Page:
When Purdue's campus terminal network was finally wired directly to the CDC 6500 one could finally interact with a job running there. I wrote a chat program that would host conversations held on an append-only file. It was an experiment. We used it once.
I held the chat log in a persistent disk file. These were not commonly used and may have required my administrative privilege to create.
When the chat program launched from a terminal, I printed the chat log up to its end. I then prompted for input, wrote it to the (possibly advanced) end of file, and then printed any new text that might have arrived from other terminals.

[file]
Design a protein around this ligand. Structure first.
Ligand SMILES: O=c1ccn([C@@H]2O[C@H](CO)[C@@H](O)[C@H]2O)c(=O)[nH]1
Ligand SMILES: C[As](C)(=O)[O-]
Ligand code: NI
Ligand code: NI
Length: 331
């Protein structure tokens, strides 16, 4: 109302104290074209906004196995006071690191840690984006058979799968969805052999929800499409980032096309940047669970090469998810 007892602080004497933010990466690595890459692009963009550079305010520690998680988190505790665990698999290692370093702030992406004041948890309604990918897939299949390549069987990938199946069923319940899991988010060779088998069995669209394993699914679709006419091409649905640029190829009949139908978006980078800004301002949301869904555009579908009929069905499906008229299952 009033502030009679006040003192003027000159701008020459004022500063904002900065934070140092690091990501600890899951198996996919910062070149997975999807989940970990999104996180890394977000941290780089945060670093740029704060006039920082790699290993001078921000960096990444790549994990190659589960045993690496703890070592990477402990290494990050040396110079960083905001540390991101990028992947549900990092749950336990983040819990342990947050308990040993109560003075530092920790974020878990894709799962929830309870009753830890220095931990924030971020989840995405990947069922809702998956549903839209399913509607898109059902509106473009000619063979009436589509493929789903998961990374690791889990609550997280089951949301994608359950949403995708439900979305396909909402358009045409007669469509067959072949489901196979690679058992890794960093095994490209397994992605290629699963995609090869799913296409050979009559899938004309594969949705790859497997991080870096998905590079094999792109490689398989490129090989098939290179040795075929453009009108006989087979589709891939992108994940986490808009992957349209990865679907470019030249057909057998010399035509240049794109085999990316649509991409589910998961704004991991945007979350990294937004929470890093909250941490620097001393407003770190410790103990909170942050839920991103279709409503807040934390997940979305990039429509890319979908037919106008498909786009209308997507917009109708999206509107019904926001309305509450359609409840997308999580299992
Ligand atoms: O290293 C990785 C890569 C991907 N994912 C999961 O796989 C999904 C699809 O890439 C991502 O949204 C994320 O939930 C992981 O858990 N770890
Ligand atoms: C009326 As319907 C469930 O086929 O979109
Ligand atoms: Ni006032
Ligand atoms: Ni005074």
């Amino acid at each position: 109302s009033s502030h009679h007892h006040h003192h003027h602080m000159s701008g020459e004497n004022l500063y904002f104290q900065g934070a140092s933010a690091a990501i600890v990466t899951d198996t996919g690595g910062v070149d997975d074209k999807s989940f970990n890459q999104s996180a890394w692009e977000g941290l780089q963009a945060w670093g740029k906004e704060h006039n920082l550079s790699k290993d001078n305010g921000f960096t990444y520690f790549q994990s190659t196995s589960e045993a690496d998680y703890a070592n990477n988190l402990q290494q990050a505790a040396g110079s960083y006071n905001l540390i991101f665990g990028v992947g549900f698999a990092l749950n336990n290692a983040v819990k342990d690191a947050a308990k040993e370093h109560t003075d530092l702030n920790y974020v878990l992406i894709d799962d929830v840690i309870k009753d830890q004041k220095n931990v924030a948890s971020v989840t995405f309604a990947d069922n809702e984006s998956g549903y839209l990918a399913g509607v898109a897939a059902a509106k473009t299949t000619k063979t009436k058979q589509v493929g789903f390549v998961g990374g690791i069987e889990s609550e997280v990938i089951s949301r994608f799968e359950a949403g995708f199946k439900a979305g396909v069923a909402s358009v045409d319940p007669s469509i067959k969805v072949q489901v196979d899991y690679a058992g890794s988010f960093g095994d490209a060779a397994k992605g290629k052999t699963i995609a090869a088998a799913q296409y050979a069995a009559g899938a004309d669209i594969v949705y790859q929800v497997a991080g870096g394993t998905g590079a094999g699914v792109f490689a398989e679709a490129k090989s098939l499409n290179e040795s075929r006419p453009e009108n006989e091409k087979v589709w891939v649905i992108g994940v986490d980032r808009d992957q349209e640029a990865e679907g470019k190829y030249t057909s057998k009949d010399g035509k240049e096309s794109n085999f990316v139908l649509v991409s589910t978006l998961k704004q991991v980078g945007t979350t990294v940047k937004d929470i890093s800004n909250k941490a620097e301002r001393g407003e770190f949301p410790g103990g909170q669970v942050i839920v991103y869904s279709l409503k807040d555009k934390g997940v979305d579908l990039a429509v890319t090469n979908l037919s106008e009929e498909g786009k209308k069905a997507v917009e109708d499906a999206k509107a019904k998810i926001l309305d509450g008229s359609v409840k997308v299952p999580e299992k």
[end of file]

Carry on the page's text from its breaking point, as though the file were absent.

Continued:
We ran this one evening. Word got around. As the chat got longer it became hard to join the party because one had to read all prior conversation first.
Some people had 300 baud terminals that could print 30 characters per second. That put them at a distinct advantage over those with 110 baud connections printing at 10 characters per second.
User IDs were three characters long. Each text was so identified. Computing center staff had IDs that started with A. The operator's console ran as AAA. I was flattered to see AAA participate in our chat.